British Rail

From Festipedia, hosted by the FR Heritage Group

Over the years since the initial creation of the Festiniog Railway, the ownership of the standard gauge railways has changed greatly.

The Aberystwyth and Welsh Coast Railway, created 1861, merged into the Cambrian Railways by 1867, which during the "Grouping" of 1922, was absorbed by the Great Western Railway.

The Festiniog and Blaenau Railway was a separate narrow gauge operation, which extended the Festiniog Railway's 2 ft (nominal) gauge to Llan Ffestiniog, and operated from May 1868 to 1883. The Bala and Festiniog Railway, which had bought the F&BR in 1876, was a standard gauge line, that by 1882 had reached Llan Ffestiniog. The F&BR section was then converted to standard gauge and through running commenced September 1883. The B&F was already a puppet of the GWR and was eventually amalgamated with it in 1910.

The line into Blaenau Ffestiniog from the north was originally planned as a narrow-gauge route, but before completion it became part of the London & North Western Railway and was converted to standard gauge before opening. In the "Grouping" of 1922, it became part of the London, Midland and Scottish Railway (LMS).

In 1948, almost all the railway system in the United Kingdom was nationalised, and operated under the general title of British Railways. The branding was later abbreviated to British Rail in order to present a modern image.

With privatisation in the early/mid 1990s, responsibility for the infrastructure went first to Railtrack, a privatised operation, then Network Rail, a semi-governmental operation.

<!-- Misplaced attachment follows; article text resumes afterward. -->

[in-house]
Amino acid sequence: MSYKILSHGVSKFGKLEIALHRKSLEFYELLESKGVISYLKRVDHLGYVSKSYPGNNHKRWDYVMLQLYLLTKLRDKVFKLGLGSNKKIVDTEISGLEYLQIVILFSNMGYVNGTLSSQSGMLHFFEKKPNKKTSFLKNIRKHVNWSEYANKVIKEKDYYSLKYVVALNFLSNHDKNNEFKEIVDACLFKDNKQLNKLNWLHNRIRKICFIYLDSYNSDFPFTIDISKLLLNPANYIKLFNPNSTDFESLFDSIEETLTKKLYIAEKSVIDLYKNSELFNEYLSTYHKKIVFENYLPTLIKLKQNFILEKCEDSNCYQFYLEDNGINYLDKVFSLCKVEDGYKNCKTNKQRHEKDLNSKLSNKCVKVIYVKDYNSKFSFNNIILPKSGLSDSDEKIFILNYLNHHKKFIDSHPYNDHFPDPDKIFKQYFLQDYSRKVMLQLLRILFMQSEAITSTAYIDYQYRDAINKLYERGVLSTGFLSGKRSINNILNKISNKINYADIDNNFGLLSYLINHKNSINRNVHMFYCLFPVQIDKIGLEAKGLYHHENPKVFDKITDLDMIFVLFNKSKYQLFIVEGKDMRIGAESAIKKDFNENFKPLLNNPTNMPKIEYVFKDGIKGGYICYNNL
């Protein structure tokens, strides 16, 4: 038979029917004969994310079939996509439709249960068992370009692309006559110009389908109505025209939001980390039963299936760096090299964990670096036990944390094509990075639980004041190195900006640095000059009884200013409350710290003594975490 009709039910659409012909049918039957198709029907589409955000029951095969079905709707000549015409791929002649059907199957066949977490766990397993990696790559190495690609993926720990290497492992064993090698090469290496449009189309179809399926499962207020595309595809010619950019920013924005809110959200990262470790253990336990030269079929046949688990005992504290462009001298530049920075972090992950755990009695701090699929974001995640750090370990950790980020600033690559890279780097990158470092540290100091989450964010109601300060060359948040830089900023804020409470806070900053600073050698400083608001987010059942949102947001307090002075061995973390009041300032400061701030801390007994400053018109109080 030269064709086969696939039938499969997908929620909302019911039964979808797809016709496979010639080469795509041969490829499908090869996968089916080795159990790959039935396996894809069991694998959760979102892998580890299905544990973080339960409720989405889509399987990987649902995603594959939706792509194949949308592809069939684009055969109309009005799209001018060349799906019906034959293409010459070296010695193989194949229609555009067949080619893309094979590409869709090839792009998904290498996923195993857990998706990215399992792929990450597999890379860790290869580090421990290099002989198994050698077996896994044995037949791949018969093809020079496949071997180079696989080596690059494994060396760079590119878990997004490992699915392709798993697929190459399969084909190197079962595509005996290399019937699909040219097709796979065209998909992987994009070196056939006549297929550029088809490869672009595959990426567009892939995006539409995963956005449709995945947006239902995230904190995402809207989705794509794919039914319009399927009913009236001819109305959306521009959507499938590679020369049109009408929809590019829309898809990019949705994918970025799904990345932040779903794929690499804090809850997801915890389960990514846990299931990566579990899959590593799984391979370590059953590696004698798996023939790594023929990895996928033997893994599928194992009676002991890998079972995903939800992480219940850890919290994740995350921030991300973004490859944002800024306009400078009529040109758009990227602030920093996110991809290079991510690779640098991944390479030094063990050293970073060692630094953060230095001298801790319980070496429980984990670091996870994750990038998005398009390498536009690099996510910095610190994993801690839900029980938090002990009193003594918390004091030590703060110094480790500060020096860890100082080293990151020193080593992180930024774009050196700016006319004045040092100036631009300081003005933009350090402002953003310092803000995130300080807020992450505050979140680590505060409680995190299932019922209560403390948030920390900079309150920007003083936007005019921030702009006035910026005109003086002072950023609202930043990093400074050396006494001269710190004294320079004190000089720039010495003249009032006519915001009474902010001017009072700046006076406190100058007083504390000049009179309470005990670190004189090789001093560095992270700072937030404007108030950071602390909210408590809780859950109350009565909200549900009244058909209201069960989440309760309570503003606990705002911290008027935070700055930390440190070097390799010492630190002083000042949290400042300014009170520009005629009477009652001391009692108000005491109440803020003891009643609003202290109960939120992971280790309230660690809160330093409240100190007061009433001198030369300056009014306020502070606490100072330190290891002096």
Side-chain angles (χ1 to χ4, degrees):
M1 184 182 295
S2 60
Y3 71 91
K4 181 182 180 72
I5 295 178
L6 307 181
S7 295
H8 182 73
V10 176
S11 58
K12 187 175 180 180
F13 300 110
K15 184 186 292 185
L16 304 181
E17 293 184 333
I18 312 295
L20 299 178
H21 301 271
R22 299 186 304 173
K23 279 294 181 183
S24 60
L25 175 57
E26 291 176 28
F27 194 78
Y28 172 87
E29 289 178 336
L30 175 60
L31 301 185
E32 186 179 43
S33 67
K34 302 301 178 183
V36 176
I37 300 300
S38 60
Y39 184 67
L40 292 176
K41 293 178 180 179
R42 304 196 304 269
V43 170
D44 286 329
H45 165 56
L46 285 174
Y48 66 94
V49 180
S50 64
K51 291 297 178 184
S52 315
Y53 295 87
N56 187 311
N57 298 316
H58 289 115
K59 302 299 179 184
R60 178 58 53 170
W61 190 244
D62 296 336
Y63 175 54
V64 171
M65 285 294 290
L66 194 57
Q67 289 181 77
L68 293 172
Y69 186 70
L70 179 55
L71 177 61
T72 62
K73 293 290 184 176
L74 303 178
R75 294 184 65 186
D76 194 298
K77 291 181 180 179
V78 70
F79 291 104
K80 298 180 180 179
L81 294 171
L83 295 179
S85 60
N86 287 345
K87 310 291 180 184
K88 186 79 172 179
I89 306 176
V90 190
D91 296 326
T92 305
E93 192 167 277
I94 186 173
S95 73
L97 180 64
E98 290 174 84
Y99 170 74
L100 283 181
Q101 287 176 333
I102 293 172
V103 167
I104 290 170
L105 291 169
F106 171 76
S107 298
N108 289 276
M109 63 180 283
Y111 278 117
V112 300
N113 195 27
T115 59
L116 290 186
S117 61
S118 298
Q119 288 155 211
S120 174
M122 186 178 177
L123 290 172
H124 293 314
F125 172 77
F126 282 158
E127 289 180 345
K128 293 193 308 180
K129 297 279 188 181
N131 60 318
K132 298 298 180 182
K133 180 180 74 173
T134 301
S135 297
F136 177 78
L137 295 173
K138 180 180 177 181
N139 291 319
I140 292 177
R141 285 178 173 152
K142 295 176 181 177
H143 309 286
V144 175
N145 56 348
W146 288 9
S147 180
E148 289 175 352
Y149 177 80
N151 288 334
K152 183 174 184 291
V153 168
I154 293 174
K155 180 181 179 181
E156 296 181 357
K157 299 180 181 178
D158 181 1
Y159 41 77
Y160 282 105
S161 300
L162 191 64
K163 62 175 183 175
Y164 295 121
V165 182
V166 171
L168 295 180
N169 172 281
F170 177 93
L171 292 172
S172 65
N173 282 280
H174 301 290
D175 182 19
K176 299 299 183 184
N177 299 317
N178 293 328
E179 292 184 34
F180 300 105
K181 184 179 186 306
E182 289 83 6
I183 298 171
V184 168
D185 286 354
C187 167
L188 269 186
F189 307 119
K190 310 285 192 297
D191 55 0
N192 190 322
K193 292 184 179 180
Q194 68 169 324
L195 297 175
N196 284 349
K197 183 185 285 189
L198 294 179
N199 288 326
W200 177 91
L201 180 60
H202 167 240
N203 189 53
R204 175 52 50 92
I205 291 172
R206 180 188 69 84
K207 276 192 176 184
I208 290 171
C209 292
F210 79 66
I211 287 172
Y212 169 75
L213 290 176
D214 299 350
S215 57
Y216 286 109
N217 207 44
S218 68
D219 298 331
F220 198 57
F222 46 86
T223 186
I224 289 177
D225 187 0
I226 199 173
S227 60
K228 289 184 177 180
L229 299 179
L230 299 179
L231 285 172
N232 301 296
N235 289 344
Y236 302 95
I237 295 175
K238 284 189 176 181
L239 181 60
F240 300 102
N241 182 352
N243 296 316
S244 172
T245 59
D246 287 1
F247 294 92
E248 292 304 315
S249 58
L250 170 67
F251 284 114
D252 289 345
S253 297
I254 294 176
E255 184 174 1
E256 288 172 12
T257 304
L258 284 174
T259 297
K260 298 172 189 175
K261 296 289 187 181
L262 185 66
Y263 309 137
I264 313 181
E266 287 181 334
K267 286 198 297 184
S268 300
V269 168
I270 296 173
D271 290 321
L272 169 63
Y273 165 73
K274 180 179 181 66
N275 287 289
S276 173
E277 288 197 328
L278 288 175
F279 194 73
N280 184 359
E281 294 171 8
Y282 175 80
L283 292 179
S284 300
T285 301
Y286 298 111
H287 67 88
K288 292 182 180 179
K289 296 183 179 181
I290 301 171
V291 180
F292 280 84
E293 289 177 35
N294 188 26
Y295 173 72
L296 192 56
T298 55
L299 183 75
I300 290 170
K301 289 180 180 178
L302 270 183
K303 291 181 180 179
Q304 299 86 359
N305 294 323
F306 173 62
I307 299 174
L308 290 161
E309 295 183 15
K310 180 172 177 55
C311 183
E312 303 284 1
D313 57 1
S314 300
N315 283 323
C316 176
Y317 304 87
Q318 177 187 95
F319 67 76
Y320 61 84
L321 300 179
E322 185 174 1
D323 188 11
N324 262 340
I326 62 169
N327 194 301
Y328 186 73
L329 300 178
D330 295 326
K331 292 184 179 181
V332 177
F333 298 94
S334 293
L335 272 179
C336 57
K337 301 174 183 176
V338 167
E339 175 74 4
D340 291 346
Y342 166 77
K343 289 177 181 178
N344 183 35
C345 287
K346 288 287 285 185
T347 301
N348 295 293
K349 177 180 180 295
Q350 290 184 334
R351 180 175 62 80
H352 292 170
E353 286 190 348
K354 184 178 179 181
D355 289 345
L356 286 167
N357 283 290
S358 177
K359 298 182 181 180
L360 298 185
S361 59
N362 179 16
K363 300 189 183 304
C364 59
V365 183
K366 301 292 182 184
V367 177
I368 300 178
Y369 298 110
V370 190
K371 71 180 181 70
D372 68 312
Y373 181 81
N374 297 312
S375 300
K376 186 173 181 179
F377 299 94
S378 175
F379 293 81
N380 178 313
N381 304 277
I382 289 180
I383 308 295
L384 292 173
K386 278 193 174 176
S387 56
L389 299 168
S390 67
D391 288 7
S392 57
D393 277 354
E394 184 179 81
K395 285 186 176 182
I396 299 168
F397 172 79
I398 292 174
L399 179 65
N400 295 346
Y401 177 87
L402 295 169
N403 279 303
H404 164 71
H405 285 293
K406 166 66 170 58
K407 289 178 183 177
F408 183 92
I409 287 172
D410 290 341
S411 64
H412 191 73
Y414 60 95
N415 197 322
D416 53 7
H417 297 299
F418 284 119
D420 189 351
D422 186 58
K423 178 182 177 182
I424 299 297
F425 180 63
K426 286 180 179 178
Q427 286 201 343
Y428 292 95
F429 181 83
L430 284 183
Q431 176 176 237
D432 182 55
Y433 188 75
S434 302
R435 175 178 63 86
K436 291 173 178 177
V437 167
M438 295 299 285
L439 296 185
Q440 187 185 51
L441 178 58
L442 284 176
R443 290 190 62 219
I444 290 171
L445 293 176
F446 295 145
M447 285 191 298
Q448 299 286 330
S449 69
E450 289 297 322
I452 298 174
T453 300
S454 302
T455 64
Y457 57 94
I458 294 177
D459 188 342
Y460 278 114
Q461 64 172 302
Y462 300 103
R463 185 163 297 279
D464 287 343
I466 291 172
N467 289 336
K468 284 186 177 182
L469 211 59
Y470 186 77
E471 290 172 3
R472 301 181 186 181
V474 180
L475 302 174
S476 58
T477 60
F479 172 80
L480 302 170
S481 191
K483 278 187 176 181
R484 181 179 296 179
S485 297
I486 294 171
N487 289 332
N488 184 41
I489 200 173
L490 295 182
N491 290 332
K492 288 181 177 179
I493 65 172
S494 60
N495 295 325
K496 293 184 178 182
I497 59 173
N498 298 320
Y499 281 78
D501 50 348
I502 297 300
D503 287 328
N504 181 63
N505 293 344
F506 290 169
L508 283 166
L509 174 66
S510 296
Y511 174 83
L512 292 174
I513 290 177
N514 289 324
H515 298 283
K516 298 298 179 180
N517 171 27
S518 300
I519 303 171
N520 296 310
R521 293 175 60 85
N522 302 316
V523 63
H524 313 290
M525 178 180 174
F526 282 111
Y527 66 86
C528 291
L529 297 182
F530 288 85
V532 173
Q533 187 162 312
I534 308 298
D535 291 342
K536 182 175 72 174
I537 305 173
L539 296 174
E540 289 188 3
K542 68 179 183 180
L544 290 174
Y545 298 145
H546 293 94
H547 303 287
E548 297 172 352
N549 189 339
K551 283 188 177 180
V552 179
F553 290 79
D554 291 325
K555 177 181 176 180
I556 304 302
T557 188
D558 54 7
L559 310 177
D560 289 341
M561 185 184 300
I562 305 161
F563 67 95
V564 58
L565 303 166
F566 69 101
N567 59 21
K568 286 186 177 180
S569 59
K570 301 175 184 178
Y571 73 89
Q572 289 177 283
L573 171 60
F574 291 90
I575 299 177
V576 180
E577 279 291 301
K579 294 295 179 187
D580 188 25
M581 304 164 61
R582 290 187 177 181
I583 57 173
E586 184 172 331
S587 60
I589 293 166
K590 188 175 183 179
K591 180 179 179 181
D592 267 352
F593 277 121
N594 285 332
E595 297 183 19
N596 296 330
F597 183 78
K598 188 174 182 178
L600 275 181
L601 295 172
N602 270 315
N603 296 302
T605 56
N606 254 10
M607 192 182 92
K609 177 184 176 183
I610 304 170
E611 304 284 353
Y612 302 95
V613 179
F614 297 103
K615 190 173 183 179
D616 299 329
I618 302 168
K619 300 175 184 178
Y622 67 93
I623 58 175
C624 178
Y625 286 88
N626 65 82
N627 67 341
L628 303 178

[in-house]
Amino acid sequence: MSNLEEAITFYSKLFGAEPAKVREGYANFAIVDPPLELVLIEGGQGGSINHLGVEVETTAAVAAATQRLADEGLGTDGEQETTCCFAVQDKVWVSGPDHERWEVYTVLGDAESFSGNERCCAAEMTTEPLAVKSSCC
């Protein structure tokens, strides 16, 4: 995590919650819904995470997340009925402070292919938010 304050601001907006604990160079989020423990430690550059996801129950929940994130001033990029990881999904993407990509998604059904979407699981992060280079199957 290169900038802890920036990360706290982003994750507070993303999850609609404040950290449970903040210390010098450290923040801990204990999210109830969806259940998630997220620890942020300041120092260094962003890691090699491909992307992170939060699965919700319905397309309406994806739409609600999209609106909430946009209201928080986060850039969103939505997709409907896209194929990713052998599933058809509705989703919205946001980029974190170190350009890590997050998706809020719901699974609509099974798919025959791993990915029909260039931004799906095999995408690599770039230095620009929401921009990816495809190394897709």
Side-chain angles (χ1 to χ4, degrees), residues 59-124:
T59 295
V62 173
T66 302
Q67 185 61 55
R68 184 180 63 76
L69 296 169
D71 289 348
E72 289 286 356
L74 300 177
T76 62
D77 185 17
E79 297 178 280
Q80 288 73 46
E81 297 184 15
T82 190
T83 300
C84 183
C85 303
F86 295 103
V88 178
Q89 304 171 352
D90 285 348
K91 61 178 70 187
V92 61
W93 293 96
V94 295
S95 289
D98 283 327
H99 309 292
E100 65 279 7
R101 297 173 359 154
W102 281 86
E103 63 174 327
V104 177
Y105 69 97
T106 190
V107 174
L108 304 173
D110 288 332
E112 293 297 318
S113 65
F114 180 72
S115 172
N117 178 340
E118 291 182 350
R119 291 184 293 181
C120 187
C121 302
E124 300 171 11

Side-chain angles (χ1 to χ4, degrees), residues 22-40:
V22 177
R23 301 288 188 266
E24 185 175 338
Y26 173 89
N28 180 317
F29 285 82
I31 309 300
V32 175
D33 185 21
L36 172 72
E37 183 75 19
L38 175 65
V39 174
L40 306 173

Operation of the trains is in the hands of franchise holders, which change from time to time.

Under the 1993 Railways Act, the old British Rail was split up and sold off. By November 1997, British Rail had been divested of all its operating railway functions.

The remaining functions of the British Railways Board are now discharged by BRB (Residuary) Ltd. The company is owned by the Government and reports to the Department for Transport.

As a residuary body, the company is responsible for discharging a variety of functions, including obligations in respect of liabilities acquired by British Rail as a major employer over nearly half a century and as a direct result of the privatisation process.

The above 3 paragraphs are taken from the BRB site. However, I believe the "in respect of liabilities acquired by British Rail" would actually cover not only the period of BR's existence, but any liabilities prior to its creation.

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